EGGS Quality

The quality of shell eggs is described by external and internal factors. External factors refer to the strength, texture, porosity, shape, cleanliness, soundness, and color of the shell, whereas internal factors refer to the presence of inclusions (blood and meat spots, and chalazae), the quality of the albumen, the color and uniformity of the yolk, and the odor and taste of the egg. Extrinsic factors affecting shell quality include temperature, hen age, and nutrition. Loss of shell egg quality begins immediately after the egg is laid, due to water loss, which leads to thinning of the albumen and an increase in the size of the air cell. Furthermore, due to migration of carbon dioxide from the egg, an increase in albumen pH occurs as well as a decrease in the strength of the vitelline (yolk) membrane. Off-flavors and odors associated with eggs may be caused by the ration fed to the hens.[7]

Loss of shell egg quality may also occur as a result of microbial growth (i.e., spoilage). Freshly laid eggs may be contaminated through two primary routes: transovarian or trans-shell infection.[2] Transovarial transmission occurs when bacteria infect the hen's ovaries or oviducts, resulting in contamination of the egg during its formation. The more common route of microbial contamination of eggs, however, is via trans-shell infection. This occurs when the physical (e.g., the cuticle, shell, and shell membranes) and chemical (e.g., lysozyme) antimicrobial barriers of the egg are compromised, resulting in contamination of the internal contents of the egg.[2,5] Microorganisms contaminating the egg after laying originate from the intestines when the egg passes through the cloaca, as well as from nest materials, litter, or incubator surfaces.[2] The rate at which microorganisms penetrate the egg depends on factors such as storage temperature, age of the eggs, and level of contamination.1-3-1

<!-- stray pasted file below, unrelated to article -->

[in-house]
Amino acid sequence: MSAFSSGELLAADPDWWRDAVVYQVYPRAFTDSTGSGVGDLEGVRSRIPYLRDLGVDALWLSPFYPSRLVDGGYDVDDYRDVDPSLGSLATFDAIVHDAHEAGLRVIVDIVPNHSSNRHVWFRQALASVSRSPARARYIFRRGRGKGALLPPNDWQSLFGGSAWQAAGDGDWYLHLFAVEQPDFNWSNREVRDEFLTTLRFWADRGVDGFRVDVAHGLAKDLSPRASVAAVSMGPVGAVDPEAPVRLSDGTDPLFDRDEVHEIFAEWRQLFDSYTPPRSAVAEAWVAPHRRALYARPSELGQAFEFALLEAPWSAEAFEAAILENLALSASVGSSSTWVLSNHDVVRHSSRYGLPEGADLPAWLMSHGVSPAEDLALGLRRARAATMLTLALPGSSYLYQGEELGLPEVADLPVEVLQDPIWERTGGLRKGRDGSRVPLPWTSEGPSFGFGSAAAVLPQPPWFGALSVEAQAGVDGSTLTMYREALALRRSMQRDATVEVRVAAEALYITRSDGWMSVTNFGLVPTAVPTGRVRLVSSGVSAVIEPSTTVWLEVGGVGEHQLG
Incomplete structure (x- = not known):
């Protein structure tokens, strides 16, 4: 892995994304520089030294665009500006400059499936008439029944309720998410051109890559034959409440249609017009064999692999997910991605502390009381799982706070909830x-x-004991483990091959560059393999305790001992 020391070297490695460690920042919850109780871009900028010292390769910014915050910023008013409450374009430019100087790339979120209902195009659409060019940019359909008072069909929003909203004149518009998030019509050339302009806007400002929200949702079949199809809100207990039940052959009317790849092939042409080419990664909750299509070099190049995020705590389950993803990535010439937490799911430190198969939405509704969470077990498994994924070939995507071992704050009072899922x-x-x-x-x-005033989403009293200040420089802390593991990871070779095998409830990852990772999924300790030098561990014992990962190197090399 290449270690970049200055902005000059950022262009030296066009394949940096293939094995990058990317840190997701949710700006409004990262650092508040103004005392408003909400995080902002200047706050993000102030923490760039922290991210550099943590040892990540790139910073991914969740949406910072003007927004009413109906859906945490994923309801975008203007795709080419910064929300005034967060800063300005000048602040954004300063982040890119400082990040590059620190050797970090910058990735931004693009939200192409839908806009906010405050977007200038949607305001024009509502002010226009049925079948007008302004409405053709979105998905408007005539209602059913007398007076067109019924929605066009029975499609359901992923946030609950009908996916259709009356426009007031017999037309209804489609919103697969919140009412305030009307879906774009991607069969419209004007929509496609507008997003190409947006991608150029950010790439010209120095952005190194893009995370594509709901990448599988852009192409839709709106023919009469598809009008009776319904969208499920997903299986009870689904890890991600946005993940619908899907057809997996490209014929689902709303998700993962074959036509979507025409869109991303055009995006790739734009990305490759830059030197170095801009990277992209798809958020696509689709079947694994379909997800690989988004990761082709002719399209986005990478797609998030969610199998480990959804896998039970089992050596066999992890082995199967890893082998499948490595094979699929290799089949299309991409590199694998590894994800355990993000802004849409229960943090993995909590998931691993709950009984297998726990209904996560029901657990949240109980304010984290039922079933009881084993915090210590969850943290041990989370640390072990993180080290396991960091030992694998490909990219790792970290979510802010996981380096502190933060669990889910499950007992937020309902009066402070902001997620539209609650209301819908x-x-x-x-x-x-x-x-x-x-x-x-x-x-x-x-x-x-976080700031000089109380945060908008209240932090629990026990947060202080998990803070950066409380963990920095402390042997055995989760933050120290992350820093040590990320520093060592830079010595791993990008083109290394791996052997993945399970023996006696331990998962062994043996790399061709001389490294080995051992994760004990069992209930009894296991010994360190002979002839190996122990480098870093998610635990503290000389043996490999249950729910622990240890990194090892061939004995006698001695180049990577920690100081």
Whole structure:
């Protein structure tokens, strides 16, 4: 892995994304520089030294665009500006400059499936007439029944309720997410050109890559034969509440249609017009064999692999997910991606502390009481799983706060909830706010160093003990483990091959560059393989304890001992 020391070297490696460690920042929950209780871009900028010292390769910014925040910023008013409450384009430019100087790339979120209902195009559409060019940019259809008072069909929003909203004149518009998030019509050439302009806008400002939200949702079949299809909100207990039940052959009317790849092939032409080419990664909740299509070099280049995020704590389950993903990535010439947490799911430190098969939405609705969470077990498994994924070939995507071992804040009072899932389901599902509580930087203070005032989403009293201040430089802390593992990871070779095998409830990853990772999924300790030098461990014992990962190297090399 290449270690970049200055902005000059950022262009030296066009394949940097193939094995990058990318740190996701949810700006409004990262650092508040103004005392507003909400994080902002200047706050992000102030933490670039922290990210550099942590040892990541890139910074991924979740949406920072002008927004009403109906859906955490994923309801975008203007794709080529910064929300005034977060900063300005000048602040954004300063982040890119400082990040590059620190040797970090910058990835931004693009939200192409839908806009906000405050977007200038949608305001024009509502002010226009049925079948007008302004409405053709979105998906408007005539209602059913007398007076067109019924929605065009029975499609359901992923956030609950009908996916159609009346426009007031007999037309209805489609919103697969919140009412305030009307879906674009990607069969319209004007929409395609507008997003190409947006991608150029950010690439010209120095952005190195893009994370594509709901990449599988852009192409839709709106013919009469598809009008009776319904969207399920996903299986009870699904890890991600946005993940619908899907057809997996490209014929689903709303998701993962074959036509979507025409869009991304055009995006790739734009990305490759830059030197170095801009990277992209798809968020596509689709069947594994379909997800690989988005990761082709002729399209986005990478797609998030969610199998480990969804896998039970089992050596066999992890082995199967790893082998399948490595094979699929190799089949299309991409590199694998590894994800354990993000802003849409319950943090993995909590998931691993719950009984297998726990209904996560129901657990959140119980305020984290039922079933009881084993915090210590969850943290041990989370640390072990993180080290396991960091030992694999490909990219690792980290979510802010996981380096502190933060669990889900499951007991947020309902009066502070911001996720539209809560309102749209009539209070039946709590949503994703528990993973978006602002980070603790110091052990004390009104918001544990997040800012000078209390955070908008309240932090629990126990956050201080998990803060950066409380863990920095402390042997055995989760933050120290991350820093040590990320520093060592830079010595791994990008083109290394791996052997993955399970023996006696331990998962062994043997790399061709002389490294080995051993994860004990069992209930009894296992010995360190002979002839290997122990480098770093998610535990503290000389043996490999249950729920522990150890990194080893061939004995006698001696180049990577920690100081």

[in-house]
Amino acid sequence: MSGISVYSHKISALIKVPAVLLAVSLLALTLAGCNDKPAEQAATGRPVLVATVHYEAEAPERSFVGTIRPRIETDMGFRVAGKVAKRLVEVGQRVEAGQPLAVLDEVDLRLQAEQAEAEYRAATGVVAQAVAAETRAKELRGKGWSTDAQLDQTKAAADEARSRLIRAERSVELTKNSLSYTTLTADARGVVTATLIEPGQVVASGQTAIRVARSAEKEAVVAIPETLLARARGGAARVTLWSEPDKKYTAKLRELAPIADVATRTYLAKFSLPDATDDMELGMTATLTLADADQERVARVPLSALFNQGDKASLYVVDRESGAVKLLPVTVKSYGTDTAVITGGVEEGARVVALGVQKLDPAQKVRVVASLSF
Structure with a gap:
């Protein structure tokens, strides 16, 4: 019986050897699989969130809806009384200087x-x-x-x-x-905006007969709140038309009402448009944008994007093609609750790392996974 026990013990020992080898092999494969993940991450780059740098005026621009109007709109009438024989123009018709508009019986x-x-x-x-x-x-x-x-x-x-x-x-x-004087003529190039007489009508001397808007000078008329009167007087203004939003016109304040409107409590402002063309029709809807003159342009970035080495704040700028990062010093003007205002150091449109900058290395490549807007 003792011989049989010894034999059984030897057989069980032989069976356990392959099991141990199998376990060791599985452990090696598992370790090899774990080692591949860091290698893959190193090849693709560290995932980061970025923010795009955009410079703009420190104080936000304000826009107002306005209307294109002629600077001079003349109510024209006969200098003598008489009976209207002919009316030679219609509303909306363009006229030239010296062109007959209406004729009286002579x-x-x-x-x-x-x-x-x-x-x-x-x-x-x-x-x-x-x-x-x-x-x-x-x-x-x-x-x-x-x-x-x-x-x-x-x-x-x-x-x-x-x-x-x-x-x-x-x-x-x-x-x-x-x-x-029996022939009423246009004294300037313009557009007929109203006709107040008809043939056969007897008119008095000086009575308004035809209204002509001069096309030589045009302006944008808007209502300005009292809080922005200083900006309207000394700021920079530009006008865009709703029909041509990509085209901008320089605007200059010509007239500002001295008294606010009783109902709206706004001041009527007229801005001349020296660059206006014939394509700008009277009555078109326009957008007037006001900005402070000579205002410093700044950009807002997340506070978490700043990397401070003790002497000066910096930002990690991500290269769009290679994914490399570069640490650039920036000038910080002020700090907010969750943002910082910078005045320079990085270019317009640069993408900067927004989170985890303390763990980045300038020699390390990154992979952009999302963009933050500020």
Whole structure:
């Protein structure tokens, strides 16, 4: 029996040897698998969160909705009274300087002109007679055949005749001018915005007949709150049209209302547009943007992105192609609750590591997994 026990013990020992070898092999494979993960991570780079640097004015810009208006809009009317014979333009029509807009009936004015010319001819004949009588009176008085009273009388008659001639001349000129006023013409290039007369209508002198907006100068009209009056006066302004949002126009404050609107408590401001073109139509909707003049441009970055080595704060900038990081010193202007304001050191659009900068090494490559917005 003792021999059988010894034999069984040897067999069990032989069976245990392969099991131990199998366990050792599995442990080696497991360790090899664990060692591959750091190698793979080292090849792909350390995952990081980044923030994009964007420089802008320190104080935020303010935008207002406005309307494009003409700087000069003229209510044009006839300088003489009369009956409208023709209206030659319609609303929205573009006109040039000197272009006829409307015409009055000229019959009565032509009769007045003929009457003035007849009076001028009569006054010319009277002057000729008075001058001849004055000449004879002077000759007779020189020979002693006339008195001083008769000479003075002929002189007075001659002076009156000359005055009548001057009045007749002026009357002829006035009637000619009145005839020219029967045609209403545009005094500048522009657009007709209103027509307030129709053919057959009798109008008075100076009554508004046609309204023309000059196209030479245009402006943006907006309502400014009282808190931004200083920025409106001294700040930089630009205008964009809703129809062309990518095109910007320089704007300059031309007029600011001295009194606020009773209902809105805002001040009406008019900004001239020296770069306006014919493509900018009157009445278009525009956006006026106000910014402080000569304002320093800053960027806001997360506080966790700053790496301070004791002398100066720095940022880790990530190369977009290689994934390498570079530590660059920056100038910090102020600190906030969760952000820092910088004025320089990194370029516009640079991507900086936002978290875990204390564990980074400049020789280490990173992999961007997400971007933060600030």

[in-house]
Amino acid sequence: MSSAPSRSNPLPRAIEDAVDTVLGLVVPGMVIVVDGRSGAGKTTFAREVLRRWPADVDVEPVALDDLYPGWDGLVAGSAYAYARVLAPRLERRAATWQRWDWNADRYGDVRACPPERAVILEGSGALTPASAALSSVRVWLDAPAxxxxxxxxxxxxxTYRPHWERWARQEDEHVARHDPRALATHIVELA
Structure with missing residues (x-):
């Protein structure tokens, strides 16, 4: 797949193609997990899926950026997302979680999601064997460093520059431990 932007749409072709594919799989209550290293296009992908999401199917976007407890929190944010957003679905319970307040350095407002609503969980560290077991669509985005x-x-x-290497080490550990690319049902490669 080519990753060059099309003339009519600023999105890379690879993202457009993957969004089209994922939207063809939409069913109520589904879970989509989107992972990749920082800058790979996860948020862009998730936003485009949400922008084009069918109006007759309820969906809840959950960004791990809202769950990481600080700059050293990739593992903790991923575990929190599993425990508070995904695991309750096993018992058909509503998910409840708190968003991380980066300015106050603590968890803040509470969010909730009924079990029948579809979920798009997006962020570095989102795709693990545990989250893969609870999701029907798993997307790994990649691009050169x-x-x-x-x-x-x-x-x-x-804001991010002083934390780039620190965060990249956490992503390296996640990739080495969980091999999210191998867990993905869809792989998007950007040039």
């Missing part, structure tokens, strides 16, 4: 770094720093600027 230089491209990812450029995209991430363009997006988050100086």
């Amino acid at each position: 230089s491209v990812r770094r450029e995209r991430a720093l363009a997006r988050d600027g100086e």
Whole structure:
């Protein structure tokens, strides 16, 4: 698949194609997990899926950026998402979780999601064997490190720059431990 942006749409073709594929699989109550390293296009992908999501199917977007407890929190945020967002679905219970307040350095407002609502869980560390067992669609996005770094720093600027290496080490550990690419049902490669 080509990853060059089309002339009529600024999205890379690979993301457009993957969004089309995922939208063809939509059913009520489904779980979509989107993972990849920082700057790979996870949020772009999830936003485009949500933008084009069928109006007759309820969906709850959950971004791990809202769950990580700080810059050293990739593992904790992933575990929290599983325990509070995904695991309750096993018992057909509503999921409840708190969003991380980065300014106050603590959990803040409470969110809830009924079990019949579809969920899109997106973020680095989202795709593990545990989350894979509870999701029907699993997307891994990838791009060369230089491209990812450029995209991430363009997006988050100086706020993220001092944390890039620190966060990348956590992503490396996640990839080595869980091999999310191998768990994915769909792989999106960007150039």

The most common form of bacterial spoilage of eggs is rotting, caused primarily by Gram-negative bacteria; the type of rot depends on the bacterial species/strain(s) present. For example, fluorescent green rots are caused by Pseudomonas putida; fluorescent blue rots by Pseudomonas aeruginosa; pink rots by Pseudomonas fluores-cens; colorless rots by Acinetobacter/Moraxella spp.; black rots by Proteus vulgaris, Aeromonas liquefaciens, and species of Pseudomonas, Alcaligenes, and Enter-obacter; and red rots by Serratia marcescens.[2,3,5] Mold spoilage of eggs may also occur during refrigerated storage when the humidity is high. Growth of molds on the egg surface is referred to as whiskers and is often associated with Cladosporium herbarum, whereas pinspots are caused when fungal (mycelia) growth occurs inside the egg.[2,3-

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